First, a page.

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The Middle East: the new Asia?

03 August 2015

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Talal Yassine is an Honorary Professorial Fellow within Crawford School of Public Policy, and an experienced Banker and Non-Executive Director.

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Australia needs to reimagine its relationship with the Middle East if it wants to capitalise on the trade and investment opportunities in the region, writes Talal Yassine.

Despite what images appear on our sensationalised television screens every night, no matter what part of the world we come from, we’re all essentially the same. Australian or Arab. Christian or Muslim.

Like us, most Arabs have never experienced the violence racking their part of the world first hand. They see it like we do; on TV. It’s not part of their everyday lived experience.

In fact we could say, their lives are in general very much like ours, lived for family, work, leisure and enjoyment. They love their children and grandchildren, argue with their teenagers, support football teams, are addicted to their iPhones, look forward to their holidays and have their favourite musicians, movie stars and television shows.

The negative stereotypes we have of each, which are the result of inadequate human-to-human contact, are stopping us from benefiting from each other’s good fortune. And the more we interact economically and socially the more we will realise this.

For Australia that means a conversation at the highest levels of Australian political, economic and cultural decision-making about the importance of striving harder for closer relations with the Arab world. It also means seeding that conversation and thinking among the Australian population.

Despite the current upheaval in some parts of the Arab world, the Australian people have so much to contribute and so much to gain.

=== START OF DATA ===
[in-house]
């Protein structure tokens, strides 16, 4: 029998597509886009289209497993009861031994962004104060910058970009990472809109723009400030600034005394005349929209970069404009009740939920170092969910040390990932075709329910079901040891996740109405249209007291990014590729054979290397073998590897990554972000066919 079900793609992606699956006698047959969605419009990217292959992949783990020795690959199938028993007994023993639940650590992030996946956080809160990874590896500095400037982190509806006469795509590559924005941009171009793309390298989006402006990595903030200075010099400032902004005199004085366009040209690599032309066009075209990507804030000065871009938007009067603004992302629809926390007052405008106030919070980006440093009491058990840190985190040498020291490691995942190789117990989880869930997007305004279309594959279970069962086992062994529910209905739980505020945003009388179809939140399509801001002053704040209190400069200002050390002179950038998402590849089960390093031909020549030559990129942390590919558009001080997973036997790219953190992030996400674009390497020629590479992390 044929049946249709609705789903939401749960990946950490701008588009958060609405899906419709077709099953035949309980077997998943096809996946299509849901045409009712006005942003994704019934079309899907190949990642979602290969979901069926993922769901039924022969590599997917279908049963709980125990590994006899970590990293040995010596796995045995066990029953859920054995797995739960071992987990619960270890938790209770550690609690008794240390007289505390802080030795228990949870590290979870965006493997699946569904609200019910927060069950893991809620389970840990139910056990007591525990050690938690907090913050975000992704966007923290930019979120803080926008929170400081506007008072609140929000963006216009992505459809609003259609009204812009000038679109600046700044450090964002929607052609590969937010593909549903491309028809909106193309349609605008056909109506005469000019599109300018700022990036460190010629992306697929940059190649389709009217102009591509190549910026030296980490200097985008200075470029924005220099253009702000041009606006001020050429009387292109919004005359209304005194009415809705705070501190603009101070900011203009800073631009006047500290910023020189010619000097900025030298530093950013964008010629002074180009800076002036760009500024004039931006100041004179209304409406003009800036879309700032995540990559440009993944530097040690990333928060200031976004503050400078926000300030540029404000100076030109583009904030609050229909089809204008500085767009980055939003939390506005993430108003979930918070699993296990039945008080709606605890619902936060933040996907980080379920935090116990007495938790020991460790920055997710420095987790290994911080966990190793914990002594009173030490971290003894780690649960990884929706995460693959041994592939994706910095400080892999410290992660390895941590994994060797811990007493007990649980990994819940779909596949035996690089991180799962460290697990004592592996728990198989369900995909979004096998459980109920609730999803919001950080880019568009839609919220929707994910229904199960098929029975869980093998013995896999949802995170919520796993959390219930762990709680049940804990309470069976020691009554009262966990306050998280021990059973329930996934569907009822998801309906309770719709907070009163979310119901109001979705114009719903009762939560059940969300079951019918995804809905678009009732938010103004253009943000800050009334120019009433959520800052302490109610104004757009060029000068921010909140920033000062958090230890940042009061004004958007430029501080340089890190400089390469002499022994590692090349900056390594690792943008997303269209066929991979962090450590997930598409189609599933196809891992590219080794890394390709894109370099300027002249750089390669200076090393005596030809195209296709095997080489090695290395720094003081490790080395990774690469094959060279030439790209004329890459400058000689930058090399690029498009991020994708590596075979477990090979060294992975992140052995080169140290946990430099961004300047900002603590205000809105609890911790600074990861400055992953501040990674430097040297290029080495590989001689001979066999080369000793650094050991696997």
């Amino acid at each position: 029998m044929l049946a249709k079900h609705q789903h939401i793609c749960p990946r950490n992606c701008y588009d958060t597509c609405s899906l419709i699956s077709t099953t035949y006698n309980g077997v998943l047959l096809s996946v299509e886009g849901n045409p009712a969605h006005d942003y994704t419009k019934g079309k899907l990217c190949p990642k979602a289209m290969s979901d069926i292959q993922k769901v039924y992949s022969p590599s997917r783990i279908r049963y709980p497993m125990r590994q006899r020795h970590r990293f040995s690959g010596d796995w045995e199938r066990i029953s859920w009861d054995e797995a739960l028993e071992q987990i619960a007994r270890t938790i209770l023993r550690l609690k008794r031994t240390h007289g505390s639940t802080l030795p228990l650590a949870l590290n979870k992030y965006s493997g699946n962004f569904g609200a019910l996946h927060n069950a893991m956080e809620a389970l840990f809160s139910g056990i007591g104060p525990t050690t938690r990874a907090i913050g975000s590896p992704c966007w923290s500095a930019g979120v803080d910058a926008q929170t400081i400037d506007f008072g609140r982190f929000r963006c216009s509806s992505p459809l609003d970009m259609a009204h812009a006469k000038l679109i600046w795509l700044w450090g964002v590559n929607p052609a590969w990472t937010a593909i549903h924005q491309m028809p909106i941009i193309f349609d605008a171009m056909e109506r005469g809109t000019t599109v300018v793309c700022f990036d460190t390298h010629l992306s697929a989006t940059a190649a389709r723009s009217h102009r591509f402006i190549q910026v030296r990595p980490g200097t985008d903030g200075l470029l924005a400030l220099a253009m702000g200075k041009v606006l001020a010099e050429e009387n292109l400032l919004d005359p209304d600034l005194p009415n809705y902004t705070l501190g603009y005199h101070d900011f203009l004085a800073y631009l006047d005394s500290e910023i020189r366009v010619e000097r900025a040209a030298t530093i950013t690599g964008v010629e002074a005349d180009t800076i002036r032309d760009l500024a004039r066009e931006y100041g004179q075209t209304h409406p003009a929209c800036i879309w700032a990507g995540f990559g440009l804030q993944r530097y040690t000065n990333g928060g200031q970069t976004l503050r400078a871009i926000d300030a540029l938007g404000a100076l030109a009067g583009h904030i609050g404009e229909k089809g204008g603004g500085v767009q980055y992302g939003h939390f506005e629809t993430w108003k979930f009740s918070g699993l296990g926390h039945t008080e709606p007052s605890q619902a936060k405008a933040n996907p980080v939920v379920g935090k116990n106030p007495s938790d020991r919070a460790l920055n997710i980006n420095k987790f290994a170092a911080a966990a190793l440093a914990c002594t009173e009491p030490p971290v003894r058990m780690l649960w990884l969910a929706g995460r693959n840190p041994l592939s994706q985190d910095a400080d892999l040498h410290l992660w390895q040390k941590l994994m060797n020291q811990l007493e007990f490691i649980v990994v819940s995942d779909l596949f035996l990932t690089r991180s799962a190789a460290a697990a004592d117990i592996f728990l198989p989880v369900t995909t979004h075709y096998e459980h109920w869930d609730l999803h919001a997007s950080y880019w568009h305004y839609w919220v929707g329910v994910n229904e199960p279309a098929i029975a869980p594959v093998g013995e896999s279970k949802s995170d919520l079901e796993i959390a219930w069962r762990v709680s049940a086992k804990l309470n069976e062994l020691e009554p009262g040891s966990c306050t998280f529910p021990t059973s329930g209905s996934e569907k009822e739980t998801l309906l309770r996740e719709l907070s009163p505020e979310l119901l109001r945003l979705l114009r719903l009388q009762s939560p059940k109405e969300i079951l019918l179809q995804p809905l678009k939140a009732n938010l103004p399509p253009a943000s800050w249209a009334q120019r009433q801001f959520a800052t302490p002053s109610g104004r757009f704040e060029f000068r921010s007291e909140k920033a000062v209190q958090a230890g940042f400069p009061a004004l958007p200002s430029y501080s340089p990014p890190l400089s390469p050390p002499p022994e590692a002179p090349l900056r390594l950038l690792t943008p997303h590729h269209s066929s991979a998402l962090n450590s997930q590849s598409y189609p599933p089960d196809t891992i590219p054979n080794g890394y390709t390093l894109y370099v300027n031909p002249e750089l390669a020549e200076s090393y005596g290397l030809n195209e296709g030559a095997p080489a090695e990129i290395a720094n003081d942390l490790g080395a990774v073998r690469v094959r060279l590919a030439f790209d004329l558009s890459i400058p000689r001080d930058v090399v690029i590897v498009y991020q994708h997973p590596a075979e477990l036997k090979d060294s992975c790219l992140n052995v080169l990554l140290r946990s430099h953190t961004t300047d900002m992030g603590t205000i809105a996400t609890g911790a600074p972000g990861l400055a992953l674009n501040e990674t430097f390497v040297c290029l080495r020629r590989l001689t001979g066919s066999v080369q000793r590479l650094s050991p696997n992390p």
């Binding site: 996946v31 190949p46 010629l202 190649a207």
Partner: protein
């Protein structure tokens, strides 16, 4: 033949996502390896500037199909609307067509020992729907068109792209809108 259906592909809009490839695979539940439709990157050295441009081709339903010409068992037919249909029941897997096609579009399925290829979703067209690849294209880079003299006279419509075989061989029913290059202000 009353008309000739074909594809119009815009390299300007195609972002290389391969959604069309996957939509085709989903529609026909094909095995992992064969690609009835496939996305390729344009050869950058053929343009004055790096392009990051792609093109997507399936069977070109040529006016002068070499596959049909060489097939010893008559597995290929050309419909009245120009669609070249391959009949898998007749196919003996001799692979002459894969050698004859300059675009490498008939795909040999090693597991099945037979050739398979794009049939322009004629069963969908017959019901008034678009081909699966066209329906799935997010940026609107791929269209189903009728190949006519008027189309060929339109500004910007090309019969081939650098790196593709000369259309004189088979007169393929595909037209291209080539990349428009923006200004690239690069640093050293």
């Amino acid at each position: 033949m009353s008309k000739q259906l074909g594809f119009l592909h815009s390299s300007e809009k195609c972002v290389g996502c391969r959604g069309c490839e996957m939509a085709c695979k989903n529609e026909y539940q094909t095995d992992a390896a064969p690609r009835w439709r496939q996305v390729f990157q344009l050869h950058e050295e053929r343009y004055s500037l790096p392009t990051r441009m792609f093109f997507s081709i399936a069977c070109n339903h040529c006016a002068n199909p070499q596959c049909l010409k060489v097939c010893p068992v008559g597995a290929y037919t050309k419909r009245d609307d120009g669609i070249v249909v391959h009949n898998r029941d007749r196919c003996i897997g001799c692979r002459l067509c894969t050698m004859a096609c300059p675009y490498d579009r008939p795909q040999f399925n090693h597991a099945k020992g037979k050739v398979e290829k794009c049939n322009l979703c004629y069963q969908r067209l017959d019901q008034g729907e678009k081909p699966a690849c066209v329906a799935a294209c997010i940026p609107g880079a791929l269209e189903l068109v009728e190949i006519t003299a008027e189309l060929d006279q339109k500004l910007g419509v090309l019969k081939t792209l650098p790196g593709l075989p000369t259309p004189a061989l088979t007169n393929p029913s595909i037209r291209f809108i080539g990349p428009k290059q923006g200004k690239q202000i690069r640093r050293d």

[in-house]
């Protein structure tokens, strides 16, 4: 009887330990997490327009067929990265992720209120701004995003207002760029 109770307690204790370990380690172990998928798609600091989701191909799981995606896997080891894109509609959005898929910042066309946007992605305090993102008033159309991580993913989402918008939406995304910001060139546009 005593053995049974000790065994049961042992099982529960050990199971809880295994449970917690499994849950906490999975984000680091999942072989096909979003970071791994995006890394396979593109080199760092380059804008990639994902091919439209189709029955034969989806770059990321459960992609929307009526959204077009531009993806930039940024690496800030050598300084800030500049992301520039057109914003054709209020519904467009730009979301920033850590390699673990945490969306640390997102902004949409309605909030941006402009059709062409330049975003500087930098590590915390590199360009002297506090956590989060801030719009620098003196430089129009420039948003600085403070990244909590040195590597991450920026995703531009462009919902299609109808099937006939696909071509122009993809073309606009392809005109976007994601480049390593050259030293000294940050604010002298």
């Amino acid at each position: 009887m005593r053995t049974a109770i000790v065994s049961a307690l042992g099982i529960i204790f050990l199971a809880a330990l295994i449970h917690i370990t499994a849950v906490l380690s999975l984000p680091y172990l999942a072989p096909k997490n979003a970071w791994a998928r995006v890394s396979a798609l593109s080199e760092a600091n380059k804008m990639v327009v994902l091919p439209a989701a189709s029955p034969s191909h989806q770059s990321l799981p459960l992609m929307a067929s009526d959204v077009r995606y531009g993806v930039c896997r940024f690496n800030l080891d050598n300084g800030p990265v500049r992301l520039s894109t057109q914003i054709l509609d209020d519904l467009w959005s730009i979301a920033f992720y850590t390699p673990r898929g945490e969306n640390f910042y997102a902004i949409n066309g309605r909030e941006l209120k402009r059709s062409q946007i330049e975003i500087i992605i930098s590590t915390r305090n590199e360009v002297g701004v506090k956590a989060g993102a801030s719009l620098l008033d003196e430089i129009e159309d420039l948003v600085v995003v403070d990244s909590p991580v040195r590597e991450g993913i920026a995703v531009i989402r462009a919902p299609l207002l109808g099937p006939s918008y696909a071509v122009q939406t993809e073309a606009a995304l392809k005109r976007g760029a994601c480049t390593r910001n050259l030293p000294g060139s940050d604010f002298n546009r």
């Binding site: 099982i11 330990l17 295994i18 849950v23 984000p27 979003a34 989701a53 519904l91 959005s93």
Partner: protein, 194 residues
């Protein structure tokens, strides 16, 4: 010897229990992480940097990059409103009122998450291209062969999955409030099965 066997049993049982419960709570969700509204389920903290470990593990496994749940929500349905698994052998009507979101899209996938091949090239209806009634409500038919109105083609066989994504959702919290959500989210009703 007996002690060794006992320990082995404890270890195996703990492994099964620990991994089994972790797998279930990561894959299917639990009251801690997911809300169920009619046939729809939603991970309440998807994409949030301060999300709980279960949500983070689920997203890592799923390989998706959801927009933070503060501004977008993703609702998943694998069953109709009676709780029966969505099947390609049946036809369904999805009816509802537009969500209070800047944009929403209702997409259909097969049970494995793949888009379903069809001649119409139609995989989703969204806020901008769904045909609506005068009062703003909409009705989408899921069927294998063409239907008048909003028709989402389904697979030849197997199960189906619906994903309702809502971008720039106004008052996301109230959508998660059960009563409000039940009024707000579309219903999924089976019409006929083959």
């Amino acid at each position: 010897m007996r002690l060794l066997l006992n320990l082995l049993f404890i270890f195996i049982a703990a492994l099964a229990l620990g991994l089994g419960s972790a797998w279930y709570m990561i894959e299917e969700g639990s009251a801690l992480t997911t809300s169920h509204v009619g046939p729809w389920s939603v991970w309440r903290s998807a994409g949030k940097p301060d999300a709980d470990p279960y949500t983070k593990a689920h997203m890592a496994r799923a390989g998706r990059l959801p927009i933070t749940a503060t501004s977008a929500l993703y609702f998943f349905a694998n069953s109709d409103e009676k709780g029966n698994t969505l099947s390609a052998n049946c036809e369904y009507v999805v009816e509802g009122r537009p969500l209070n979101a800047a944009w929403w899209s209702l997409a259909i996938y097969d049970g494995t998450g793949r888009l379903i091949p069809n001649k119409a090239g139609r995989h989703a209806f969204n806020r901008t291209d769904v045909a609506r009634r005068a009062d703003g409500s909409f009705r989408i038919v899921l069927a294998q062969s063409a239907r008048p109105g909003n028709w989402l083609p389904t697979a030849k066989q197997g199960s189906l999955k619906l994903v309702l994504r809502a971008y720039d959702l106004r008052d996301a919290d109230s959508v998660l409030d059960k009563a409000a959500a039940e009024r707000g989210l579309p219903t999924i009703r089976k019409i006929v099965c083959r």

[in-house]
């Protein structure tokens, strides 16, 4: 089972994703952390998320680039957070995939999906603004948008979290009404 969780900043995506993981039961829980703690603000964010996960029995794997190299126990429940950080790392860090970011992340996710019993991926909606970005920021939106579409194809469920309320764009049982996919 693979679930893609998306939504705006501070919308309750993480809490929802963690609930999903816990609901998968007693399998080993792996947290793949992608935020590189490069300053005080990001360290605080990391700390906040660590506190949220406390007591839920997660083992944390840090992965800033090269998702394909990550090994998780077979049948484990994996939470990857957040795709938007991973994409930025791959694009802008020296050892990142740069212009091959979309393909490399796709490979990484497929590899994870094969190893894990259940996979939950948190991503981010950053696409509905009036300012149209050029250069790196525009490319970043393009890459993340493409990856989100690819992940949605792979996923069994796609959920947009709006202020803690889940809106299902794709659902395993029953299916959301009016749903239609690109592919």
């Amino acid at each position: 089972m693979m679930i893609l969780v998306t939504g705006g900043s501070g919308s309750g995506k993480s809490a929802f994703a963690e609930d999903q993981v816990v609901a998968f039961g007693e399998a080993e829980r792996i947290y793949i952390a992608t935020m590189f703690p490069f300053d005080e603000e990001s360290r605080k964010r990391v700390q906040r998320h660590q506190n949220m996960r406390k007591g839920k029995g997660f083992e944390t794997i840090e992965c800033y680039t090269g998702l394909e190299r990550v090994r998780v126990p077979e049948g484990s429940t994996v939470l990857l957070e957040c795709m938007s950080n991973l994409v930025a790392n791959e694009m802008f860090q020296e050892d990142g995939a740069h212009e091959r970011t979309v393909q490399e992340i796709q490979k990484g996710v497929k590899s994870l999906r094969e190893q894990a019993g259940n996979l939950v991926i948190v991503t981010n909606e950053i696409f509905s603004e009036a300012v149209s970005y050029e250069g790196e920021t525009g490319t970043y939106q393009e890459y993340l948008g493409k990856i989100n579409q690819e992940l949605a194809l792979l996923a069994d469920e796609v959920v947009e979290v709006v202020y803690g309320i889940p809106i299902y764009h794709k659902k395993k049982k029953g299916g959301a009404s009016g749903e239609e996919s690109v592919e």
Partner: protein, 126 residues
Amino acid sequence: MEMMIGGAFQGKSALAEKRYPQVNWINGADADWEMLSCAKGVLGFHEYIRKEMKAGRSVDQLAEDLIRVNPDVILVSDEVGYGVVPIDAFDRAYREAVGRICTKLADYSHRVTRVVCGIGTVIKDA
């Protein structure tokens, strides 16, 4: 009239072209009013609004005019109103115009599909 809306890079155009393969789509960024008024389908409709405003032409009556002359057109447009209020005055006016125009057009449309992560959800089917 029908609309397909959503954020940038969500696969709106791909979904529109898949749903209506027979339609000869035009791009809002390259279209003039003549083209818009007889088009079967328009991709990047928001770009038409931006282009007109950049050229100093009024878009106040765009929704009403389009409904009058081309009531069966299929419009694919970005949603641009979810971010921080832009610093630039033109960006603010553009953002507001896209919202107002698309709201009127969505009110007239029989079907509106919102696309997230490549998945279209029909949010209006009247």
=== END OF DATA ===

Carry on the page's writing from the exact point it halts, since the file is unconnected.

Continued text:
The central fact calling for our attention to this task is something that has been happening gradually in front of our eyes in recent decades and has now reached critical dimensions: the growth of the Middle Eastern middle class.

According to the United Nations, this Arab middle class is now estimated to comprise 37 per cent of the 380 million people of the Middle East and North Africa – some 140 million people. Other measurements have the figure far higher at almost 50 per cent or 190 million.

As these nations urbanise rapidly and seek to close the income and wealth gaps between citizens, they are going to need significant levels of support to create the sorts of infrastructure and services that are commonplace in the West.

It means mega-infrastructure projects of obvious interest to Australian mining, engineering, construction, vehicles manufacture and ICT companies.

For example, in the Gulf countries alone, 10,000 kilometres of railways will be built in the next six years – for a total investment of $100 billion.

Then there’s Expo 2020 in Dubai, the 2022 FIFA World Cup in Qatar (fingers crossed), and other major building projects.

It means the expansion of services across education, health, social services, ICT, finance, tourism, and countless other forms of economic assistance that we can potentially provide.